If you loved the original Metroid, prepare to relive your glory days in this 2D exploratory shooter

User Rating: 8.5 | Insanely Twisted Shadow Planet PC
Insanely Twisted Shadow Planet (ITSP) opens with a full orchestral score, your flying saucer (and your planet, for that matter) under attack by an unknown alien organism that has infected a nearby star- and that infection is spreading. Naturally it falls to you to do what you can to save the planet. Starting with but a radar and the ship's hull to protect you, you take your personal space craft out into the wilds to save your planet.

Along the way you upgrade your vessel, solve puzzles, avoid and combat a variety of foes, and uncover secrets that include bonus video footage and concept art. Games for Windows LIVE is required for ITSP, so you will need an internet connection to play the game, including the single-player campaign.

For the most part ITSP is a very smooth game with modest system requirements. You interact with the game as you might any two-dimensional, side-scrolling platformer, minus the platforms. Your ship moves easily in 360 degrees, with accurate controls that have a great tactile feel. You aim your selected equipment with the mouse, be it scanner, blaster, missiles, or any of the nine different pieces of equipment you will come to unlock.

You'll need to explore the game to find them, though, and ITSP gives you a large world to investigate. The environments border on indescribable, taking you underwater, through giant machines, down corridors covered in tentacles and unidentifiable fleshy masses, and through icy caverns.

The 2D artwork is stunning, fully-rendered in the popular chunky animation that has become typical of shows like Samurai Jack, Clone Wars, and My Little Pony: Friendship is Magic, only much, much darker. If you took all those shows and dumped in a pot of Cthulu with a sprinkling of H.R. Giger, you'd get a pretty good idea of how you could take modern animation and twist it into something dark and foreboding.

And dark it is. While explicitly rendered in deep, solid colors, most of the world is rendered in multiple planes of silhouettes. So the foreground might be shadowy outline of grinding gears, the mid-ground where you reside comprising yourself and your enemies, and the background various animations following the theme of the section of the planet you are exploring, such as large machinery at work, only blurred slightly to give a sense of depth.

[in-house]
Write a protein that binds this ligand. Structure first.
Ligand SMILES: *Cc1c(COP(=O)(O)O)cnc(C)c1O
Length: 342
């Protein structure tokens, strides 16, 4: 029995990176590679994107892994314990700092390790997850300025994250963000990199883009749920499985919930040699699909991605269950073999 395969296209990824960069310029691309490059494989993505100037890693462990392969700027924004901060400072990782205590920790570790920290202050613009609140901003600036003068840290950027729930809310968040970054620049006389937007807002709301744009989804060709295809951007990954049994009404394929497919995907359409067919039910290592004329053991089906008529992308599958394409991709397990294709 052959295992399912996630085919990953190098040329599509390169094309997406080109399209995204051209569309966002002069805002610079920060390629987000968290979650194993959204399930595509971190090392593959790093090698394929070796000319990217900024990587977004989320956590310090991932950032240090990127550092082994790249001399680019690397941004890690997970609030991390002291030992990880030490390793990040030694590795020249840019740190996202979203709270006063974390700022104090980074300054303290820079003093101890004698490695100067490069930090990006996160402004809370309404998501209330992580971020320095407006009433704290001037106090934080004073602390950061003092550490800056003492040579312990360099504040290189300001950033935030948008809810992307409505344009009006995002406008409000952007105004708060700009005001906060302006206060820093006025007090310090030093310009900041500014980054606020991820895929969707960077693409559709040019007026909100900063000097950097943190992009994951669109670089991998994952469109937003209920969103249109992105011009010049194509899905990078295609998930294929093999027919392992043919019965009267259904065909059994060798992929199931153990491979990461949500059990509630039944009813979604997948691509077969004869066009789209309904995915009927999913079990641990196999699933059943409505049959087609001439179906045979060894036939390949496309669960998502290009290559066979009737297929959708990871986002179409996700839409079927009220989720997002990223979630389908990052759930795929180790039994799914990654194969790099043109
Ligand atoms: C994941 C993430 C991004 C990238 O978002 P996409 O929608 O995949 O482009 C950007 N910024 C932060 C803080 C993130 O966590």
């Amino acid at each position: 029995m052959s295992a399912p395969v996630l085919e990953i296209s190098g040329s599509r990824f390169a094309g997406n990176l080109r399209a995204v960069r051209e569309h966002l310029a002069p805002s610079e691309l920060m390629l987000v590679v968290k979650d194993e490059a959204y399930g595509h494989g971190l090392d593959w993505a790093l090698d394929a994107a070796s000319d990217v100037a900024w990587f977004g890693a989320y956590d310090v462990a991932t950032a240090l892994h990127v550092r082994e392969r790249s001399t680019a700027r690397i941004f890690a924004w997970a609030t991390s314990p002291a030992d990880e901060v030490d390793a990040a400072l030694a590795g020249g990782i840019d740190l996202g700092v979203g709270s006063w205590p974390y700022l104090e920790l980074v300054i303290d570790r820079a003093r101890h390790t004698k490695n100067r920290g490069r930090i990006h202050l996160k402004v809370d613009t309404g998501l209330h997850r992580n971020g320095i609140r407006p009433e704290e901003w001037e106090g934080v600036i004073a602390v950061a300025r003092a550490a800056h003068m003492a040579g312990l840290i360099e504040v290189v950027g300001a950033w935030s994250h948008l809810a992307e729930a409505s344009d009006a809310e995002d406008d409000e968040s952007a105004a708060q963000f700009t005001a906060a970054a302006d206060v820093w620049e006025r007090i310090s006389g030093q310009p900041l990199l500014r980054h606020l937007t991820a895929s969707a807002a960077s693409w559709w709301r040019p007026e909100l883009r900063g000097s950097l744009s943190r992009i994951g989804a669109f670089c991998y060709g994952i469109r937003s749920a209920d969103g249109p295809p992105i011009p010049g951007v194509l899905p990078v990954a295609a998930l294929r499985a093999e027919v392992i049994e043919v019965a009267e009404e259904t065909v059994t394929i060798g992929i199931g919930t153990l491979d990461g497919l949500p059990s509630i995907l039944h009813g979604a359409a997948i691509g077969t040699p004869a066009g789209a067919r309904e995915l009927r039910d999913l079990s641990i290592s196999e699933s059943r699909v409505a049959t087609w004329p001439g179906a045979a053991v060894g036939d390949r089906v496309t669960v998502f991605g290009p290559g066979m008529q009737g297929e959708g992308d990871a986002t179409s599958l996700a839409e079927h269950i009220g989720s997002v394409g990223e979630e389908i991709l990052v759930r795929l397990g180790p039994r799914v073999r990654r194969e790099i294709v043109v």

The music and sound effects are consistently perfect, punctuating every shot fired and accenting your ship when damaged with a sound not unlike a car that's just not running quite right. The Prague Philharmonic provides a full orchestral score and is absolutely wonderful, making the journey feel truly epic in scope ever step - or antigravity pulse, rather - of the way.

And when you hit a boss you know it. The bosses are big, scary, and a bit mysterious. Each has its own pattern of attack that is both fun to discover and that, once deciphered, makes the encounter an enjoyable exercise in skill. After each boss you feel a bit like David toppling Goliath.

All that said, ITSP is not without its faults. The game uses automatic checkpoints for saving progress at key points. The problem here is that it makes many problems and encounters trivial, since when your ship is destroyed you appear a short distance away at full health, any encounter in progress reset. This trivializes a lot of encounters, removing what might otherwise be tense moments were you to run out of lives or lose power-ups.

Further, I observed a bug during the final encounter where damage to the boss failed to register. This was remedied by a quick restart from the most recently saved game, but did momentarily stall the momentum of the game and suspension of disbelief.

Lastly, the game will sometimes challenge your patience with its controls. The "control arm" does not always grab items in the way that you would think, and running the remote-controlled missiles through a narrow gauntlet often tries your patience more than your skills. Still, when you do complete these mini-tasks there is a certain satisfaction to be had known you overcame these design quirks.

Insanely Twisted Shadow Planet is fairly easy with only one difficulty setting, and should take about seven to eight hours to complete if you hunt after every power-up and backtrack for extras like semi-hidden Concept Art collectibles. There are two multiplayer modes, but the single-player campaign is the real draw here, and is a wonderful experience for anyone that enjoys exploring, collecting powerful weapons, and epic boss battles.

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